Delahunty, Krista M. (2003) Hormonal indicators of paternal care in humans : a longitudinal study of first-time parents. Masters thesis, Memorial University of Newfoundland.
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Men and women expecting their first child were tested within two weeks and two months before and after birth. A control group of couples were tested twice, at four weeks apart. Baseline finger stick blood samples were collected. At all stages except the early prenatal, an infant stimuli test was administered and a second blood sample was taken 30-minutes later. For the prenatal test, couples held a doll, listened to a tape of infant cries, and watched a video. Postnatally, the father held his baby and the mother held the doll with no other stimuli presented. Blood spot prolactin, cortisol, and testosterone levels were measured. Men in the pregnant group had changes in baseline prolactin, with highest levels two weeks after the birth. Fathers had short-term decreases in prolactin during the early postnatal stage. Prolactin levels in control men did not change. Pregnant women's baseline prolactin levels changed over time, with highest levels in the two weeks before the birth. During the late prenatal stage, pregnant women had short-term increases in prolactin levels. No baseline or short-term changes in free testosterone or cortisol levels were found for men in either group. Pregnant women had changes in baseline cortisol levels, with a peak at the late prenatal stage, but no short-term changes. Cortisol levels were correlated between pregnant women and men, but not between control couples. Men and women who reported difficulty with parenting had higher cortisol levels at some stages. Fathers who reported 'concern' prenatally in response to baby cries had short-term increases in prolactin levels during the early postnatal stage, and decreases in testosterone levels during the late postnatal stage. The birth of a child can cause significant longitudinal hormonal changes in men. Fathers' prenatal responses to infant stimuli may be predictive of certain patterns of hormonal change after the birth of their babies.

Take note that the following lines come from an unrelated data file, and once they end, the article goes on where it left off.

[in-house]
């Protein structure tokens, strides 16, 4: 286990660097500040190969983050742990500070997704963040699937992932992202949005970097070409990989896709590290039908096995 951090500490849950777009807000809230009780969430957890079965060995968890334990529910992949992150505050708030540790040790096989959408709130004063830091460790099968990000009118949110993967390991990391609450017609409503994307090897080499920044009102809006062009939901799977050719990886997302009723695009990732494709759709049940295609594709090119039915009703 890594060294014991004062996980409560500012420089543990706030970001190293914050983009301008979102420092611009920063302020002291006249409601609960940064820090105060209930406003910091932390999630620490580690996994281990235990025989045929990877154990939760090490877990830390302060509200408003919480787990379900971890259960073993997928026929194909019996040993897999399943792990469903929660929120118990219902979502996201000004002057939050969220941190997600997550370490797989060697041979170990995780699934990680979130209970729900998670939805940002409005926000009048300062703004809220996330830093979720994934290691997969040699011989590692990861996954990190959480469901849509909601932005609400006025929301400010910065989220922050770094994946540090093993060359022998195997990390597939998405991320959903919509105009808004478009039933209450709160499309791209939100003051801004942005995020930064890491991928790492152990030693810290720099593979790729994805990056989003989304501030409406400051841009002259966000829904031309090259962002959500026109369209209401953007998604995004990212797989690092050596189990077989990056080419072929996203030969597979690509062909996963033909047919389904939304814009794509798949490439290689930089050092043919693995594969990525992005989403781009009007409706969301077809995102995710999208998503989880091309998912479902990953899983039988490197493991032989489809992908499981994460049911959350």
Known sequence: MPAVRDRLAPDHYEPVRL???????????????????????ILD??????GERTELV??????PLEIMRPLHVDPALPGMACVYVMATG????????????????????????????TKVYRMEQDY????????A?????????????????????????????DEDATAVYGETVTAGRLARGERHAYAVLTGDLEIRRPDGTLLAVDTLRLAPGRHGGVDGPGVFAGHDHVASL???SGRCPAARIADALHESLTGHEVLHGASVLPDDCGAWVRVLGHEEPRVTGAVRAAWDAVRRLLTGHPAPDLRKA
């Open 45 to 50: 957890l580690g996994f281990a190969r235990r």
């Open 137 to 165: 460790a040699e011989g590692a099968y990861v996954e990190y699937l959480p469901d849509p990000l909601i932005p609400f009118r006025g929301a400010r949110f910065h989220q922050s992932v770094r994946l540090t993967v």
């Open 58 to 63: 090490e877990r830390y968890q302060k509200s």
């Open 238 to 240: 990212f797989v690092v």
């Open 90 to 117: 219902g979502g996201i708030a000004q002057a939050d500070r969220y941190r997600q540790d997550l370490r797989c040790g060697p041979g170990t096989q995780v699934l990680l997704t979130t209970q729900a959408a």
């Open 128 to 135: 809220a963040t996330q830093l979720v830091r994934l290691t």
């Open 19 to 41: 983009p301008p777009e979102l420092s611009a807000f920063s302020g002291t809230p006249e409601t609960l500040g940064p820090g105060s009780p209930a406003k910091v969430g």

|Item Type:||Thesis (Masters)|
|Additional Information:||Includes bibliographical references.|
|Department(s):||Science, Faculty of > Cognitive and Behavioural Ecology|
|Library of Congress Subject Heading:||Parent and infant; Parenting; Human behavior--Endocrine aspects; Prolactin|
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